This article was originally published on Phys.org
“When the tiny and invasive spiny water flea began appearing in University of Wisconsin-Madison researchers’ nets in 2009, scientists began to wonder how Lake Mendota, one of the most-studied lakes in the world, went from flea-free to infested seemingly overnight. Subsequent studies found the invader had persisted for years at low population densities that went undetected even as the lake was routinely sampled by trained technicians.
Now a new report published in the journal Ecosphere says Lake Mendota’s story may be the rule, rather than an exception. “Our original idea was (to ask): ‘How is this possible? In what scenario would we miss spiny water flea for 10 years, even after so much effort?'” says Jake Walsh, lead author of the study and a postdoctoral researcher at the UW-Madison Center for Limnology.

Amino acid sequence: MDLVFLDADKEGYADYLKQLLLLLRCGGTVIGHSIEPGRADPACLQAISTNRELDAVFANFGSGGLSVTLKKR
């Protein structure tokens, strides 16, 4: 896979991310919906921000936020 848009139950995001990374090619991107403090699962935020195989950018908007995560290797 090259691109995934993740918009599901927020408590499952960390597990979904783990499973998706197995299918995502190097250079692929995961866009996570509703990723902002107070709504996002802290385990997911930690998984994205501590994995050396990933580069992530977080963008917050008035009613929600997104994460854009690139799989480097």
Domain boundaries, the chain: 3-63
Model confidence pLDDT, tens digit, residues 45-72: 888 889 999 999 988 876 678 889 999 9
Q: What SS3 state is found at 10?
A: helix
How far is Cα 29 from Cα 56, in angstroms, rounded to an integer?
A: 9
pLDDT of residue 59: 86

The answer is that completely missing a species “is not only possible, it’s likely,” says Walsh, noting that the study can help inform invasive species ecology and is a “way of using math and computer modeling to fill in the blanks of what we see.”…”
Read on at: Phys.org